My advice, learn a few basic knots, and practice them. Number one, hand down, is the Uni-Knot, and Double Uni-Knot. Other ones to know are the Fisherman's Knot, Perfection Loop, Surgeon's Loop, the Nail Knot, and at least one Snell Knot. Once you have those down, take a swing at the Spider Hitch or Bimini Twist just for fun.

Other things to keep in mind:

Not all knots preform equally with all line type, particularly braid. Test all knots before betting a fish on it. (Uni-Knot works great with braid)

Always lubricate knots before snugging them tight to avoid "burning" the line.

There are plenty of knot tutorials online, but stay tuned, I'm going to get some of my own videos up here soon.

Whats your favorite line to line knot?

See results

3. Read The Water

Unfortunately, this one can't be taught in a few hundred words. It takes practice. What you can come away from this with is don't just cast to the first open water you see. Most of the fish in a lake or river will hole up, around key features. Some of these will be visible from above water, like eddies, fallen trees, points, etc, while others are harder to find, like reefs, ledges, and underwater springs.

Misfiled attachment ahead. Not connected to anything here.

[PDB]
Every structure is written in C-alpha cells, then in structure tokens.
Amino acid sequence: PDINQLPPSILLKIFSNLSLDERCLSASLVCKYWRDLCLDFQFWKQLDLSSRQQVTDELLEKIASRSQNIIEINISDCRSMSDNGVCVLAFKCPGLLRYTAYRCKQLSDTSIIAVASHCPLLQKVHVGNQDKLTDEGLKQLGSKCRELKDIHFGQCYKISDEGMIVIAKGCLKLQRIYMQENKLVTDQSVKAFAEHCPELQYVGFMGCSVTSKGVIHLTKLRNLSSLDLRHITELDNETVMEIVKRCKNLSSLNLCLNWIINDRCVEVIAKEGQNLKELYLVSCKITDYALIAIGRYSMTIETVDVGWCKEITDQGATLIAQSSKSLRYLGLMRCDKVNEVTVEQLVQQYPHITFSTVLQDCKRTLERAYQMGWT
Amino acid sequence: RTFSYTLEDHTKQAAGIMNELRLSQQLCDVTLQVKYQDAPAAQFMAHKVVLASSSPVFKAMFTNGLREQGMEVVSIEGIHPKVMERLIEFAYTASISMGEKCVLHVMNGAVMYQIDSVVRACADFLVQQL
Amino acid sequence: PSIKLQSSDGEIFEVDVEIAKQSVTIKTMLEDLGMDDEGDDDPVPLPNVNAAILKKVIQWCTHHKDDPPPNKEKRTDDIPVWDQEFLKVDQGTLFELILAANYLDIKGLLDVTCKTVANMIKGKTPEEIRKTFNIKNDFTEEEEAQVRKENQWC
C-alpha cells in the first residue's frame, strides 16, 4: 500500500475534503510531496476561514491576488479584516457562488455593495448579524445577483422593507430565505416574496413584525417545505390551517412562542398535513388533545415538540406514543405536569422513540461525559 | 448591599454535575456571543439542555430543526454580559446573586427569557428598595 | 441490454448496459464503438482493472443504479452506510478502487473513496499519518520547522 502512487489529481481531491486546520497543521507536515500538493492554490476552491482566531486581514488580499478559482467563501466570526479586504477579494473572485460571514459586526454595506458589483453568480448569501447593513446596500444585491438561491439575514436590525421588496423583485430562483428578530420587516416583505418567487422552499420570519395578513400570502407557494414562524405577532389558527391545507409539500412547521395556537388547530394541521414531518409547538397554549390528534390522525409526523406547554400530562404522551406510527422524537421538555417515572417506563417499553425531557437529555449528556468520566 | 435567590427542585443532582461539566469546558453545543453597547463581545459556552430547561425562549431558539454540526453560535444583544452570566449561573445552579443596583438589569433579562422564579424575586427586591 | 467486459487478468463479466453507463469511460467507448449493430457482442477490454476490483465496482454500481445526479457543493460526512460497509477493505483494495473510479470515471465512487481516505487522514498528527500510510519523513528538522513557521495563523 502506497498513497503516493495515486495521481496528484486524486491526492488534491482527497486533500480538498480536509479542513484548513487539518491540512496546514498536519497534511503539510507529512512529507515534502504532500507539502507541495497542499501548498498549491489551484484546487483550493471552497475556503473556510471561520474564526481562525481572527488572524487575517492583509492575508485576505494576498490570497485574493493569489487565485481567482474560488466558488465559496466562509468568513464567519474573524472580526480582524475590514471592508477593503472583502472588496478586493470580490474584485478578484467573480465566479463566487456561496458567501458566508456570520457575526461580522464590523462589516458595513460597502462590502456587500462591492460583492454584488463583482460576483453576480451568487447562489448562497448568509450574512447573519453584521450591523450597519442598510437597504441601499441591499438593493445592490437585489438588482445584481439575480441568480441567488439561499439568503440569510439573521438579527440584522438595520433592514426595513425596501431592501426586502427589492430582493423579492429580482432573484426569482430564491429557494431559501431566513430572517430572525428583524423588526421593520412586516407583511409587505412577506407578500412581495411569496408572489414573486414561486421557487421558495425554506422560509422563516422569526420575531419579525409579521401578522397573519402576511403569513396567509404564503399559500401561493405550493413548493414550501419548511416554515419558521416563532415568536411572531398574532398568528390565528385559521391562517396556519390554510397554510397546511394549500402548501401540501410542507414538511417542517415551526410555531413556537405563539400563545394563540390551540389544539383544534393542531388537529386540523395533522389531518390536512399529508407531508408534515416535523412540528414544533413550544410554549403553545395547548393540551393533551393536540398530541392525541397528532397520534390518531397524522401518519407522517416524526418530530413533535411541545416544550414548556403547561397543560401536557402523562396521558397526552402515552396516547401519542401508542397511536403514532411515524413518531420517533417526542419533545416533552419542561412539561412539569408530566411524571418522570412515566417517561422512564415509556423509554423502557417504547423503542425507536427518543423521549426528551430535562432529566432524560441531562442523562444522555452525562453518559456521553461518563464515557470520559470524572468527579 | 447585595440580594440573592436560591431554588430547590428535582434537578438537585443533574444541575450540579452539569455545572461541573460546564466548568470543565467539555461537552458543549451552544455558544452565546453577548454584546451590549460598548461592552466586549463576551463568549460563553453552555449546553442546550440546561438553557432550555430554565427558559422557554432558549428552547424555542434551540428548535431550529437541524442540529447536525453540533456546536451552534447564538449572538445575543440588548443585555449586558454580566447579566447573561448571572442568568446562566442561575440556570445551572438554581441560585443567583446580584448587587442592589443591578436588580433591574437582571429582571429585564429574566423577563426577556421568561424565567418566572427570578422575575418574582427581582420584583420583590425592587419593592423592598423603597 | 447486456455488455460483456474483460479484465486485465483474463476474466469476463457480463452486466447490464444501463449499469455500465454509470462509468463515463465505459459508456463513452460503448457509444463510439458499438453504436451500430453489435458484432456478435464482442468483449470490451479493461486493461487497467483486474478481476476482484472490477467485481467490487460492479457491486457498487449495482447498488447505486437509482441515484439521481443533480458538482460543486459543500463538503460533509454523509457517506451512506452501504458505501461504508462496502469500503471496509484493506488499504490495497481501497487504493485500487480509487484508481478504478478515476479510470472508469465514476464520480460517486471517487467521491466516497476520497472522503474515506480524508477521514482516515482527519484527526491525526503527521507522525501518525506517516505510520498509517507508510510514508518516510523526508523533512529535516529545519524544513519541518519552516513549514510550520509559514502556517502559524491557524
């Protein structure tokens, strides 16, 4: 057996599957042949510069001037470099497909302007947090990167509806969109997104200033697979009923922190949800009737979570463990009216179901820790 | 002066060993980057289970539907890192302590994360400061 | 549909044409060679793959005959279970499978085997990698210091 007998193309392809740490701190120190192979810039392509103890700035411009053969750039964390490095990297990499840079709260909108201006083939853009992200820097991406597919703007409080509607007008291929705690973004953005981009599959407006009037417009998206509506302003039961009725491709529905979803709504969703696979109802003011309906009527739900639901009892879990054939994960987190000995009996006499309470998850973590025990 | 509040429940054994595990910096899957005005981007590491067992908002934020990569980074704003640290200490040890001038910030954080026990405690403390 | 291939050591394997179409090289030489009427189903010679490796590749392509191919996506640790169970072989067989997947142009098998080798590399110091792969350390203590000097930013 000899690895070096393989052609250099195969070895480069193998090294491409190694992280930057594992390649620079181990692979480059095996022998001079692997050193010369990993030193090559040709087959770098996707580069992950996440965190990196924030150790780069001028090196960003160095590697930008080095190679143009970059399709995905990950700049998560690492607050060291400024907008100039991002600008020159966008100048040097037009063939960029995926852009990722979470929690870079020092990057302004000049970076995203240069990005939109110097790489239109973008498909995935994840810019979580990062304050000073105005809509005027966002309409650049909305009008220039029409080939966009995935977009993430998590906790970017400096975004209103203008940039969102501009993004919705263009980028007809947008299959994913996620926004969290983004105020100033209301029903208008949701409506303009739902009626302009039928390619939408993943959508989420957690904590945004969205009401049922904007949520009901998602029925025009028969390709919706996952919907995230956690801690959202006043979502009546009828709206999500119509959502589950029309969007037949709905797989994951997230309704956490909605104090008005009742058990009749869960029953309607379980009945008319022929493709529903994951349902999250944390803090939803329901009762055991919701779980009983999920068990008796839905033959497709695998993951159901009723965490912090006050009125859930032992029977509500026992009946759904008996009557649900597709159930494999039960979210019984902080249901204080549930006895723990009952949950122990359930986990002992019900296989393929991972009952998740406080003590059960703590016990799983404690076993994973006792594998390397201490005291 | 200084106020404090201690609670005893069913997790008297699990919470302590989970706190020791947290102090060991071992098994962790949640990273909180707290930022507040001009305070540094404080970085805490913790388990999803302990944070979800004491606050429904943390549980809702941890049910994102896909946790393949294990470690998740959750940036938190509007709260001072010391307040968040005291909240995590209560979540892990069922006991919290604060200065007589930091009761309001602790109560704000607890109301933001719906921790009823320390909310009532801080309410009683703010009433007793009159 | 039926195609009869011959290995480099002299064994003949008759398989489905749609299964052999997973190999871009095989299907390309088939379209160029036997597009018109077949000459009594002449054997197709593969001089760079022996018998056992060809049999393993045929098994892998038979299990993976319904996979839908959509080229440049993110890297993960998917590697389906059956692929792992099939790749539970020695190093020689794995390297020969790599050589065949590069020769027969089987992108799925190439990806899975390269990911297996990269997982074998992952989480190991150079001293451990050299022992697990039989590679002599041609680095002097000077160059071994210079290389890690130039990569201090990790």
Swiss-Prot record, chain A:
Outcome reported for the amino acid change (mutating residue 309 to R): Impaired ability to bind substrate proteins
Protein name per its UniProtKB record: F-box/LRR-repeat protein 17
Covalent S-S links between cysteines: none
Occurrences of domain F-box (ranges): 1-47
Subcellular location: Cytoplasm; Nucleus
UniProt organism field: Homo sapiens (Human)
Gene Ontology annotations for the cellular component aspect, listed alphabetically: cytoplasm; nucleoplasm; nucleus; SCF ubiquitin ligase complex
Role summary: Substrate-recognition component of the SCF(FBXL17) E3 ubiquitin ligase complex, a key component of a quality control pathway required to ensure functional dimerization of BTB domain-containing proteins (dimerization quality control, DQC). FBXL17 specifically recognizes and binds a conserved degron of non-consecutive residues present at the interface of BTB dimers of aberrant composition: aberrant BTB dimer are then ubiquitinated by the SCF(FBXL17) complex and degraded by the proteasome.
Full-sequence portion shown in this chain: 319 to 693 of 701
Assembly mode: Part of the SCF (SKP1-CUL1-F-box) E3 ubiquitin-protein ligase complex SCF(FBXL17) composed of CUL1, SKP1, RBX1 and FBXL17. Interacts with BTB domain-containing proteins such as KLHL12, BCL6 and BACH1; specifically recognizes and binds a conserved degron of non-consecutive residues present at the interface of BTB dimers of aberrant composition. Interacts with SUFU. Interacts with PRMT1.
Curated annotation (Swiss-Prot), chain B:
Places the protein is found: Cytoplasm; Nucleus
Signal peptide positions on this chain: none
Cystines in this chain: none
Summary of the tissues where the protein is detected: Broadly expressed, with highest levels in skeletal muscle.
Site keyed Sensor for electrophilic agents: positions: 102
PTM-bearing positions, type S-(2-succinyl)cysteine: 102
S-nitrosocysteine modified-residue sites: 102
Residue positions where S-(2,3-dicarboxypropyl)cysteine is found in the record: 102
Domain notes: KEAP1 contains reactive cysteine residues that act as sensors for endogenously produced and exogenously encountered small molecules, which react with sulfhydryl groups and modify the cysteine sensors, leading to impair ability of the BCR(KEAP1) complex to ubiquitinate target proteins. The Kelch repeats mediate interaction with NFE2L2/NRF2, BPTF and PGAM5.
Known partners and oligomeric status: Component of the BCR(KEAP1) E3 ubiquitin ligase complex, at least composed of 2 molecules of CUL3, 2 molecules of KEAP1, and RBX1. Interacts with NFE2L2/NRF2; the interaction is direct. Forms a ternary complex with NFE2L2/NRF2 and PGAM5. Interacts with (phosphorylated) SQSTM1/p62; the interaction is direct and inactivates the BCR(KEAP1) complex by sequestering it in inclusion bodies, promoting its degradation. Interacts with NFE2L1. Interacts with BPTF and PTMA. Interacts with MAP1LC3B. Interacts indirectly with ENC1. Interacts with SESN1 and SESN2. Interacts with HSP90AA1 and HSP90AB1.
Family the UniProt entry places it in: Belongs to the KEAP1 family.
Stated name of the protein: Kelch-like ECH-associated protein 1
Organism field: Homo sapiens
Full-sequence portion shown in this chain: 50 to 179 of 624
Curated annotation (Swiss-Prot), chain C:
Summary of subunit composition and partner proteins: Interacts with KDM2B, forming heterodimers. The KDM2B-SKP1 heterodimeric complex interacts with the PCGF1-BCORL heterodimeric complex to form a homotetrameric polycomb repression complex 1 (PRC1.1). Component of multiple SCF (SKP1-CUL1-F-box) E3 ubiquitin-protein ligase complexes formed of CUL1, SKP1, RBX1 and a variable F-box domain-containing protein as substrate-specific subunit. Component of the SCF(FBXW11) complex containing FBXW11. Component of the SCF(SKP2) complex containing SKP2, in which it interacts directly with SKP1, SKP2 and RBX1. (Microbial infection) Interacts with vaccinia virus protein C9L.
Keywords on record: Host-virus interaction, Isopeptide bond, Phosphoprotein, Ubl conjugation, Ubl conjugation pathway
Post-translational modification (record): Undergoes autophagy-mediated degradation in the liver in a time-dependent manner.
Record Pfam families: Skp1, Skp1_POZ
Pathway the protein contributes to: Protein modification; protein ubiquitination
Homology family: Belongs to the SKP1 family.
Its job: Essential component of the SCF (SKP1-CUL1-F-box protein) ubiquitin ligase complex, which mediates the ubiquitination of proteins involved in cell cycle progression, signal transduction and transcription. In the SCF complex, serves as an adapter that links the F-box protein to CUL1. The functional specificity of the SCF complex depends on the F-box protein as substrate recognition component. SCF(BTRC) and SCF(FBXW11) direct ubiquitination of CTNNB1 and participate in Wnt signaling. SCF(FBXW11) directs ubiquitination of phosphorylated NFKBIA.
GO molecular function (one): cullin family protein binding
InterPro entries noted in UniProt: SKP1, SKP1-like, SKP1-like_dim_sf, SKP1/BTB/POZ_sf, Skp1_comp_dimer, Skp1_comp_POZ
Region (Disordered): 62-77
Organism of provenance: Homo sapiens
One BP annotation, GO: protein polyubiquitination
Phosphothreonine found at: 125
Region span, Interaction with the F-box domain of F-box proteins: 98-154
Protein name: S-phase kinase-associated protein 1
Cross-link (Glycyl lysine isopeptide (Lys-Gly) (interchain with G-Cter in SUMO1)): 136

With enough time on the water, you will start to notice patterns of what areas produce the most fish.

On rivers and streams look for: large boulders, deep pools, undercut banks, overhanging vegetation, eddies, islands, forks, inlet streams and waterfalls.

On lakes and ponds look for: weed beds, fallen vegetation, islands, points, bays, inlet and outlet streams and docks. If you have a sonar unit, look for reefs, ledges, drop offs, sunken structure, and if possible the thermocline. Update! For more information, check out my hub on Reading Fresh Water Lakes, with a Quiz to test your skills!

On saltwater look for: flotsam, current lines, jumping baitfish, and circling or feeding birds. With sonar, look for structure similar to the freshwater structure suggestions.

A steelhead jig might not be the brown trout standard, but this time it worked
A steelhead jig might not be the brown trout standard, but this time it worked | Source

4. Know The Fish

With a few exceptions, fish are not caught by accident. Powerbait only works miracles until you try to catch bass with it. I'd also field a bet that only a limited number of catfish have been caught on topwater poppers.